Can you call that a ‘Goodie’ Bag?

Goodie bags have recently come under fire since the Cannes Lions event, as marketers revealed they wanted more than just one gift in the form of a pair of earphones, then what followed was a pack of 18 newsletters, leaflets and magazines. Yet, a hint of redemption was shown where the design of the bag was quite outstanding and would stand out from the crowd. Still, marketers raved that they would have liked more, wanted more and needed more. So, that is where The Sourcing Team enters telling you the Do and Do Not’s of a Successful goodie bag.


Oscars Goodie BagMost companies underestimate the value of a goodie bag, opting to spend their marketing budget in other places which leaves a huge opportunity for those who actually do a goodie bag to be viewed in a good light. Goodie bags can be very effective for a variety of activities including; conferences, pre-launch party, charity gala’s, award ceremonies, VIP or top customer events, which can be seen by the goodie bag given to guests at the Oscars were borderline insane as they were worth over £75,000. If you are not able to fund the goodie bag you can contribute towards one or, engage with your sponsors to support you with one. It is important to make the goodie bag meaningful – no one wants a bag full of leaflets which we all know, rarely get read. The meaning – a bag of little gifts, often given by manufacturers to encourage people to try their product – doesn’t really work with leaflets only!

What’s the point?

Events management is a lucrative business where clients will go above and beyond to reach particular events, so the least they can ask for is for the organisers to do the same. Attention to key aspects of the event are critical success; the venue, the refreshments, the speakers and lastly something to remember the event by – a goodie bag. Sponsors spend vast amounts on the supporting various events, however, adding something to the goodie bags helps to ensure they are remembered after the event – ideally, with a ‘wow’ and ‘feel good’ factor that the goodie bag and contents deliver.

What do you need to do?

The items you put in the goodie bag should be the second point of what you’re trying to achieve. The message that is put on the goodie should be the primary point as they should all relate to a call to action. A call to action that is worth repeating or, a message that can be replicated over to improve exposure. As that is a key theory too promotional advertising. So make sure your idea is innovative, different but understandable. Because with a little bit of thought a simple goodie bag can turn into a juggernaut of a powerful promotional campaign.

Goodie Bag Do’s

Target – Make sure you target the right audience with your goodie bag, as it should be of suitable quality and value to appeal to your audience.

Research – Who is the target market, what will appeal to that target and deliver the right message. What might they need in their line of work, or what might fit with an event in question – something they engage and relate to. Do your research.

Make sure it’s worthwhile – A goodie bag should be a reflection of your brand or event and what you are trying to achieve should be prominent within the bag or even on the bag. In addition to that, does it even need to be a bag, how creative can you be with the format your goodie bag is in.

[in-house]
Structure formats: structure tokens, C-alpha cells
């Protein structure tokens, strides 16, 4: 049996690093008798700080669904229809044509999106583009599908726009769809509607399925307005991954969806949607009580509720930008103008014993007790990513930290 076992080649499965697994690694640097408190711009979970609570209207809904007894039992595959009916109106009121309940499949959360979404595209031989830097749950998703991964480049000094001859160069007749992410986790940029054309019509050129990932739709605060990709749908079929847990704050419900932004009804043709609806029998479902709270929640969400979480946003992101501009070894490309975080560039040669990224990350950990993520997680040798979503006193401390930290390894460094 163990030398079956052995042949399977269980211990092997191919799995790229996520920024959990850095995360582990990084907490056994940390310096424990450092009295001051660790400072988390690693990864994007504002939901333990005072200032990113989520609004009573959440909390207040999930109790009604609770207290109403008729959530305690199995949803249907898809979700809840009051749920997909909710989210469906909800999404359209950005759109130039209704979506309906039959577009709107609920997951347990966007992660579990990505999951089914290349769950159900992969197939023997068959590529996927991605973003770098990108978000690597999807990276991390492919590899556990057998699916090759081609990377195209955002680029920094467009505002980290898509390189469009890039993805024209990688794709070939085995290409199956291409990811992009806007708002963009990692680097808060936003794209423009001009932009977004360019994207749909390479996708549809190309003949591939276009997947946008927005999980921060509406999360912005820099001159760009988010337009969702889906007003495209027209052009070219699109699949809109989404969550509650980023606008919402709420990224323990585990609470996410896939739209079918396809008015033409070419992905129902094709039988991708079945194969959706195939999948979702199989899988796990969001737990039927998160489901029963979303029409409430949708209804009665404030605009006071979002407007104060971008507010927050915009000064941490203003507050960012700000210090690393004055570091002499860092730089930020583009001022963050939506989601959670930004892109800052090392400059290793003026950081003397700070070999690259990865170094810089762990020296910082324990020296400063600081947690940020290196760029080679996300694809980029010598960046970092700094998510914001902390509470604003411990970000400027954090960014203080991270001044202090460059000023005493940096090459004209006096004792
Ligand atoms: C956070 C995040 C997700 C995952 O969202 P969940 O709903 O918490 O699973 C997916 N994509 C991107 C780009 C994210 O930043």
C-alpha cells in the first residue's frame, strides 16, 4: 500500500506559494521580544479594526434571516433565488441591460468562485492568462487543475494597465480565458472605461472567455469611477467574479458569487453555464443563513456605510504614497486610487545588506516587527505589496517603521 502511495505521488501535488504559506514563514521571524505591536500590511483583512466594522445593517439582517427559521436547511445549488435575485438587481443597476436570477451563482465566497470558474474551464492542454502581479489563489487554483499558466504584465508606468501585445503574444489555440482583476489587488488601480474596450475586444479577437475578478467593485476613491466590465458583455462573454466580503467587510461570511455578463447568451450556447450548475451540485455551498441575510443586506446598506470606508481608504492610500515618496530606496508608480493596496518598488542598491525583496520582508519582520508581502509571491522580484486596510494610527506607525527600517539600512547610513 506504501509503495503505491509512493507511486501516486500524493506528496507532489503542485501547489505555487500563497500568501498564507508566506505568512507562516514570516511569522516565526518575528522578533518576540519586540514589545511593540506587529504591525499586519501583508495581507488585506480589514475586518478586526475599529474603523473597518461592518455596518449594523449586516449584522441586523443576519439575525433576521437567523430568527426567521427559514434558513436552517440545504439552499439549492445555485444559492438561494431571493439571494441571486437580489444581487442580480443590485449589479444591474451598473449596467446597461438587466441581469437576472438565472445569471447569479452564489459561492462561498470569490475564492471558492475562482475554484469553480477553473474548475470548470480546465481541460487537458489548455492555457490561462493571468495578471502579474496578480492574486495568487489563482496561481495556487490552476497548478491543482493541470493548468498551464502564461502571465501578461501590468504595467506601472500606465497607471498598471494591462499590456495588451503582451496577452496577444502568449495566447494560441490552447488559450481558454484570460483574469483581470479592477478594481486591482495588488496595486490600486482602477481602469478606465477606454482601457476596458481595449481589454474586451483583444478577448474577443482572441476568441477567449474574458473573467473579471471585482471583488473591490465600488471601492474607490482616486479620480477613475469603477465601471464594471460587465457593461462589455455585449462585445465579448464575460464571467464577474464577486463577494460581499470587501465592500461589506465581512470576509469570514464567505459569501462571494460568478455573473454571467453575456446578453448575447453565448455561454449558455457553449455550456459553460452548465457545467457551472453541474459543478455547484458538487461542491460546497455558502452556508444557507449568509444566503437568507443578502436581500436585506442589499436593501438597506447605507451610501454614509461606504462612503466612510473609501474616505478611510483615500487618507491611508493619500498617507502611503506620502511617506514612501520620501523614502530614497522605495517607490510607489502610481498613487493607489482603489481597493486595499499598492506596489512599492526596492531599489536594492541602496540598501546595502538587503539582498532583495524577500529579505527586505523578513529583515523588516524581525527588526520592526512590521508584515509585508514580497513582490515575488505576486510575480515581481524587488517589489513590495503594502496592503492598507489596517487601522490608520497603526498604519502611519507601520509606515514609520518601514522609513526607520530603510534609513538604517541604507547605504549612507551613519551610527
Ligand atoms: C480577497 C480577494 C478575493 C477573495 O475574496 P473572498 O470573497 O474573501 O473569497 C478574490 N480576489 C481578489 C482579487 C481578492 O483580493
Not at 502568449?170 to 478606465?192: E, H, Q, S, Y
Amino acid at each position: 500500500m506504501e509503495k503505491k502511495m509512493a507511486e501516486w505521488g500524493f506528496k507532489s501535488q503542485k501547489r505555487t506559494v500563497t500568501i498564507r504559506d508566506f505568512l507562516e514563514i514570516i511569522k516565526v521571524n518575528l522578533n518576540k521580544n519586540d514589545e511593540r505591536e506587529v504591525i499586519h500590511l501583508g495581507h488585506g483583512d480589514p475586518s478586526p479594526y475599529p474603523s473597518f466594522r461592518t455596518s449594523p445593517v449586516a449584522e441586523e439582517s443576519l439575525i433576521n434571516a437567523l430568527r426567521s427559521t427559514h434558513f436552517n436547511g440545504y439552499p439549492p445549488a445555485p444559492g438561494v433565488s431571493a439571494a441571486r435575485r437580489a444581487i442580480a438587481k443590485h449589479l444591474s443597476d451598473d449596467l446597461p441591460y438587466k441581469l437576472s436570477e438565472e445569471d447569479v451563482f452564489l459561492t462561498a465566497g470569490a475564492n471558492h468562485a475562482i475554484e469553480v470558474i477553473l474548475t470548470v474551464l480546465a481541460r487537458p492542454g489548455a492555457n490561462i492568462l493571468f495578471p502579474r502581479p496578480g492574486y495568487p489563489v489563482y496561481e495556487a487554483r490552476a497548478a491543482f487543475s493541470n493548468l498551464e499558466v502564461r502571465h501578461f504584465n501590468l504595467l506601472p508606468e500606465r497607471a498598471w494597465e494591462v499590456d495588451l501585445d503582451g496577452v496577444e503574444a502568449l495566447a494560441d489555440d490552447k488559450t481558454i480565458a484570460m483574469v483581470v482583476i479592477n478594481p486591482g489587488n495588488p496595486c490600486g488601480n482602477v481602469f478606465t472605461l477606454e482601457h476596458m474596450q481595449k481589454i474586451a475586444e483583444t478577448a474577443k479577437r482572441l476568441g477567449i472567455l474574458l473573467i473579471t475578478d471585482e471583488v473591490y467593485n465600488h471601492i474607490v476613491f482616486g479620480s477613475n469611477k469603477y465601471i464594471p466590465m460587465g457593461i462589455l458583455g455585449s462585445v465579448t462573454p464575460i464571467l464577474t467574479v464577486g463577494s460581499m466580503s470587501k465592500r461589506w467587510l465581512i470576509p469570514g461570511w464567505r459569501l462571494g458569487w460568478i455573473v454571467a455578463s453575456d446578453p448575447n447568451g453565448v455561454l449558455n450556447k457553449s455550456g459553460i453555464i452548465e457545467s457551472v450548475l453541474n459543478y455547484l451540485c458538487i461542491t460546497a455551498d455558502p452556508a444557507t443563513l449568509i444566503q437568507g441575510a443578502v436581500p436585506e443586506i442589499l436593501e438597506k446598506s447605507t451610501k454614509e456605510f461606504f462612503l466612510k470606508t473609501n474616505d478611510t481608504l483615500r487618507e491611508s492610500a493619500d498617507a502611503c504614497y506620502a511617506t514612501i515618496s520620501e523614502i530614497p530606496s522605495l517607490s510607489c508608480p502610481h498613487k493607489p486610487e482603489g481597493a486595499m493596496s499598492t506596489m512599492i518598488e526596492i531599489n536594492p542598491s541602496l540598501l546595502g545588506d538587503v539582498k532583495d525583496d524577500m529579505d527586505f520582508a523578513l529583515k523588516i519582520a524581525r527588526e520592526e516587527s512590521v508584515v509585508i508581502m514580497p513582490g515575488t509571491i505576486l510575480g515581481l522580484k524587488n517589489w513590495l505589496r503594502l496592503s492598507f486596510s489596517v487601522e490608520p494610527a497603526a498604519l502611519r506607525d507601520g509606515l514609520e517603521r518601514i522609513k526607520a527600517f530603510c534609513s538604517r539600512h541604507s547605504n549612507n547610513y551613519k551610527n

Overall ensure that your branding is prevalent and is a product with high retention and relevance to the recipients. Contents need to be branded and should be something people will want to keep or gift out to another person.

Top items to use in a Goodie Bag

1) Mobile Device Chargers – As we’re always on our phones and tablets what’s a better giveaway than a charger

2) Seasonal Items – Everyone wants to be reminded of Christmas or the summer holiday and it just makes the item that much more relevant

3) Umbrellas – Especially in England where a rainy day is just around the corner

4) T-shirts – Always a good idea because no matter how silly they may be they always get worn or used at some point or another.

5) Unique Food Items – Chocolate is always a good idea but you should really aim it at a product people wouldn’t usually buy for themselves

6) Moleskine notebook – Always awesome


Be Basic – An unbranded bag with a pen and a notepad. That’s the equivalent to socks for Christmas; as you nod, smile and say thank you. But deep down you feel that you invested the time and effort meaning that you deserve a bit more than a basic goodie bag. Plus poor quality items should not be used as this reflects poorly on your brand and brand values

Plain – Have no branding whatsoever, as you need to have an objective set out, usually it is to raise awareness so just ensure you do just that. As this will just be a wasted opportunity and it will look unprepared or that the goodie bag was just an afterthought

Nothing – No goodie bag is worse than a basic, plain goodie bag and if you do go to an event you are never looking to walk away empty-handed. So make sure you make something nice for your attendees as they will love and remember you for it

Waste Space – It is just environmentally irresponsible to have a bag to large for your items, as when people see a bag they want to be intrigued and if they see a large bag and it doesn’t live up to their expectations (i.e. big bag small gift!) it will have an effect on their perception of the event or the company

Using Old Products – Make sure you’re not just clearing out your cupboards, putting all old branded products you need to get rid of! Your customers will quickly realize this and feel undervalued

It’s always exciting to receive a goodie bag when you leave a great event, so make sure you rethink your current method and produce a piece of promotional material that ‘wows’ anyone as soon as they look inside.